Apple's goal isn't to make money. Our goal is to design
and develop and bring to market good products. We trust
as a consequence of that, people will like them, and as
another consequence we'll make some money. But we're
really clear about what our goals are.*
Senior VP Industrial Design, Apple
* quote via http://www.businessweek.com/innovate/next/archives/2009/07/j...)
But we're really clear about what our goals are.
This is no less true for Apple, though it is less often pointed out.
As a money-making scheme, making good products seems a pretty good plan. However, if and when enough consumers differ with Apple as to what constitutes "good", Apple will be in the same position as every other publicly-held company: they will be required, under penalty of a stockholder lawsuit, to adjust.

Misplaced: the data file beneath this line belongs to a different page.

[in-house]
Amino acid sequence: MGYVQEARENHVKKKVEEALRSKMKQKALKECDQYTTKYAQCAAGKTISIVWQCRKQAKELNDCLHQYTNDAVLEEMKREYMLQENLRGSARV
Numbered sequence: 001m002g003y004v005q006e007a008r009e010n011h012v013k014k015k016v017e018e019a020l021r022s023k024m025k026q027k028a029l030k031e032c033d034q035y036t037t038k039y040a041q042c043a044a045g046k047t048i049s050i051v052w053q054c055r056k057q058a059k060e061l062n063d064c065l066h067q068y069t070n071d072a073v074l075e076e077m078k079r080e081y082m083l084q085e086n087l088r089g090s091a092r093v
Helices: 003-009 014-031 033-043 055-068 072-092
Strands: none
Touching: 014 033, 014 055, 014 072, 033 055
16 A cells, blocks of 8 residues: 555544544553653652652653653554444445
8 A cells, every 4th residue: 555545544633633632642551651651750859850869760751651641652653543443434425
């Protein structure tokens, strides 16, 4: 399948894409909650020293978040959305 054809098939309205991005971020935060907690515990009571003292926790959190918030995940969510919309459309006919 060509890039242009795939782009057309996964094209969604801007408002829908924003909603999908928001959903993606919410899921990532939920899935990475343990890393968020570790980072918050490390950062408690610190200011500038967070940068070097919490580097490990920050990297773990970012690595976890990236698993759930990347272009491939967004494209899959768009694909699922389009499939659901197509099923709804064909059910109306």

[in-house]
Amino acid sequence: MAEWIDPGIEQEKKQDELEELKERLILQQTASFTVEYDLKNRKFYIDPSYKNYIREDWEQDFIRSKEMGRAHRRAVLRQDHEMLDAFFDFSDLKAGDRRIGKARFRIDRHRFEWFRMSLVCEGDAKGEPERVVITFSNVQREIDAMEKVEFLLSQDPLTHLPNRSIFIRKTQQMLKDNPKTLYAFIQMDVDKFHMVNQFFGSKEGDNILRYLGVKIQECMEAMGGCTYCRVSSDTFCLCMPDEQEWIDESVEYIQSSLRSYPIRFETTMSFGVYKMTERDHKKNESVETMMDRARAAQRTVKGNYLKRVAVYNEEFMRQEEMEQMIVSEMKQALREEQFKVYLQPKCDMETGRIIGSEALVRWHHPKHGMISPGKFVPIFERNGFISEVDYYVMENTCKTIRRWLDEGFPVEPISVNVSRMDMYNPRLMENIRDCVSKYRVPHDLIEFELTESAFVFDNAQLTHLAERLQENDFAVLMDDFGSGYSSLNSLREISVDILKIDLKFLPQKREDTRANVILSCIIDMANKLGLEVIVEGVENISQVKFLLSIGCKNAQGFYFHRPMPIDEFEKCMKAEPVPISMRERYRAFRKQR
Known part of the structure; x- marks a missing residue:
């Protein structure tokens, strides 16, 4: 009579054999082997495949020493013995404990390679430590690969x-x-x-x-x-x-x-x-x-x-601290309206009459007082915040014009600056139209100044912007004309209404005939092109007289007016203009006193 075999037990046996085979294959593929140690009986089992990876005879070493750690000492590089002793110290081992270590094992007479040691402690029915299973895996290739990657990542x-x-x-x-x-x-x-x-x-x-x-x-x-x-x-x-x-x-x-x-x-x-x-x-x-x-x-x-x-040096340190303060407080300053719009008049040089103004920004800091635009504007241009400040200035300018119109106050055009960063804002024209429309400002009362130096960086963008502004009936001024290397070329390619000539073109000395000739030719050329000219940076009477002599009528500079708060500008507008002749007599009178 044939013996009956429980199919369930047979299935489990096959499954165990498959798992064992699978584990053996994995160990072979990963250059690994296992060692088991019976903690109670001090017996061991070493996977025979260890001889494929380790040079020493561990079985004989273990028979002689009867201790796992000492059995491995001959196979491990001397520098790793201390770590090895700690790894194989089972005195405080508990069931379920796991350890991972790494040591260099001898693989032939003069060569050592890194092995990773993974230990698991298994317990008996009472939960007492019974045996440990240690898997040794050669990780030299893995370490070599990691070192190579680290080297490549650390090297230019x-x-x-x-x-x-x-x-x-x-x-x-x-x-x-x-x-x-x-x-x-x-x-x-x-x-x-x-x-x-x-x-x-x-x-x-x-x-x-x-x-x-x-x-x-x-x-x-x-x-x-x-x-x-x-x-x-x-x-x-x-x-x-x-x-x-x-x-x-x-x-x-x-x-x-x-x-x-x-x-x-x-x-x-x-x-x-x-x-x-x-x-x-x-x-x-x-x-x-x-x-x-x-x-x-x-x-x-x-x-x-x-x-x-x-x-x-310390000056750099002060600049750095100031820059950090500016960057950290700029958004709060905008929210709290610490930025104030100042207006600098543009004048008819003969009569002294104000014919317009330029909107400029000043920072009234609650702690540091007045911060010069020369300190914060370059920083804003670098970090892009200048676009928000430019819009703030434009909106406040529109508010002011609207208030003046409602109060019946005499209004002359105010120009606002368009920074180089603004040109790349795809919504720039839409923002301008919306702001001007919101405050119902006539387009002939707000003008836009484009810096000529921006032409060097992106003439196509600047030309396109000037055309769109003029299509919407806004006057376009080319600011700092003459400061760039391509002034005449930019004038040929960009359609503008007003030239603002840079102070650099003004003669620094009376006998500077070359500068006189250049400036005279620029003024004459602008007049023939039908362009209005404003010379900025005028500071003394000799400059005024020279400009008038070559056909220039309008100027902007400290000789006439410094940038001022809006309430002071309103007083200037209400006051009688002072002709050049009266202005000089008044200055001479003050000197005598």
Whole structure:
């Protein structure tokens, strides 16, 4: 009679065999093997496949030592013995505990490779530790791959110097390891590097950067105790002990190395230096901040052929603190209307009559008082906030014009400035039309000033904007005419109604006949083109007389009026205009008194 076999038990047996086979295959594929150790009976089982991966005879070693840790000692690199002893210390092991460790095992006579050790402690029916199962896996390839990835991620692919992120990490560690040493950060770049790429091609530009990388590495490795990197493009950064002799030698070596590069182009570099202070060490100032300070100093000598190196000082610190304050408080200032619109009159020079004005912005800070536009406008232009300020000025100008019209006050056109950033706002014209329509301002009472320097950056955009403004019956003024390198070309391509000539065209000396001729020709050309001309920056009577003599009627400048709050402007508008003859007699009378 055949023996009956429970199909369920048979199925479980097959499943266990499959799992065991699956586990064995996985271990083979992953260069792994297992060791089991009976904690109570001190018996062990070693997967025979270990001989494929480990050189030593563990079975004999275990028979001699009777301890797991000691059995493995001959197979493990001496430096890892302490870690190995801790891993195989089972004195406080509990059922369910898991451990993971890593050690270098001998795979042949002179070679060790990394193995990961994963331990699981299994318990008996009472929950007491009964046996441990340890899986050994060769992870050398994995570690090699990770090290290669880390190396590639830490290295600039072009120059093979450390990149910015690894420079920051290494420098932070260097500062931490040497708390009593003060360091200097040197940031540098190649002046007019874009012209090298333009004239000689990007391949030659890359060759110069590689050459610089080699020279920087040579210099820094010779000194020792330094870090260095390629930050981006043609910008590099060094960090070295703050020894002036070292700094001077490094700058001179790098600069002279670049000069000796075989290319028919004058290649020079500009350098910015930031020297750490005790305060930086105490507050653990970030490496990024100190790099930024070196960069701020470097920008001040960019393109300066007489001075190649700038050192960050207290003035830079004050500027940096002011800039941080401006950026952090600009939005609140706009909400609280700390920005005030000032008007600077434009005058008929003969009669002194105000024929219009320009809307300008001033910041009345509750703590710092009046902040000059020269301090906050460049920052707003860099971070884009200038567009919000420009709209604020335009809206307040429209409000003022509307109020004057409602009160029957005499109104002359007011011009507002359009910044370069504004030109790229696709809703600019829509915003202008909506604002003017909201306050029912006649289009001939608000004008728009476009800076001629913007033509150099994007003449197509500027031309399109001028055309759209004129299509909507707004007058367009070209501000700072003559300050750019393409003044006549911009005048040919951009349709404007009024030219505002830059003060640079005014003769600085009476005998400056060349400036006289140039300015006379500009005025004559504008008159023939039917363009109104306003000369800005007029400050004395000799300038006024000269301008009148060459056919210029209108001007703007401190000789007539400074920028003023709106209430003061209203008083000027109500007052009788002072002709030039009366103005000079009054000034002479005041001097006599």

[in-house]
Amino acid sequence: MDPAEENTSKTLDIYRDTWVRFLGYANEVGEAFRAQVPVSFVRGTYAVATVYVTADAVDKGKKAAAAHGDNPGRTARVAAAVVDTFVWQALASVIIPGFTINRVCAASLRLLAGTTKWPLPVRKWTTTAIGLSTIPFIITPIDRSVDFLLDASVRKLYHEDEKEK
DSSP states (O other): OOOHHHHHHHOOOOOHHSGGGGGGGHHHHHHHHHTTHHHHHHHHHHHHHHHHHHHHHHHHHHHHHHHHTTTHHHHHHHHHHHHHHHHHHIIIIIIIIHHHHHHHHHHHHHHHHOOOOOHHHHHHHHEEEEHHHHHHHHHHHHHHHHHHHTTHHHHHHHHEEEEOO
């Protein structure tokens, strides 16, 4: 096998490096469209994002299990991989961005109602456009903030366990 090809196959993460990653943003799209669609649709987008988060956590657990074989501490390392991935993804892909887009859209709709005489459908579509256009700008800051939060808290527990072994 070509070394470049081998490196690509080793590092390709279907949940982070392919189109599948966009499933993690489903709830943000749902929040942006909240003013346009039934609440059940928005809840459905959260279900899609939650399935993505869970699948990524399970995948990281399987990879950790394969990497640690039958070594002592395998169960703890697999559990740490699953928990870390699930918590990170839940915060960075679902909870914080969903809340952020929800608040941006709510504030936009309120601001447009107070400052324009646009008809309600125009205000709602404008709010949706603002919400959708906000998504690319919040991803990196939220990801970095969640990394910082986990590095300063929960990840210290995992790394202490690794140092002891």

Apple's bread and butter is the end-to-end UX. Android is the carrier's attempt to get their own enhanced UX arsenal so they can answer Apple. They won't win that way. In the WWII pacific theater, the Japanese started out with more manuverable planes. The US answered not by playing Japan's game, but countering with their own strategy. (Planes with better armor and enhanced performance and more of them.)
Android won't win by playing Apple's game. It will definitely lose if it plays the carrier's game. Android needs to leverage its openness advantage in a way that is understandable to the customer. Perhaps this will be a replay of Apple vs. Wintel?
First and foremost, I don't have to jailbreak my phone to install apps not "approved" by Google/the carrier/whoever. I can download an APK from anywhere.
Secondly, the code is open. This does matter in practice, because there are people who can and do take advantage of this to create modified versions (e.g. Cyanogen). If Google decides not to take a particular direction, but enough people want it, it can happen.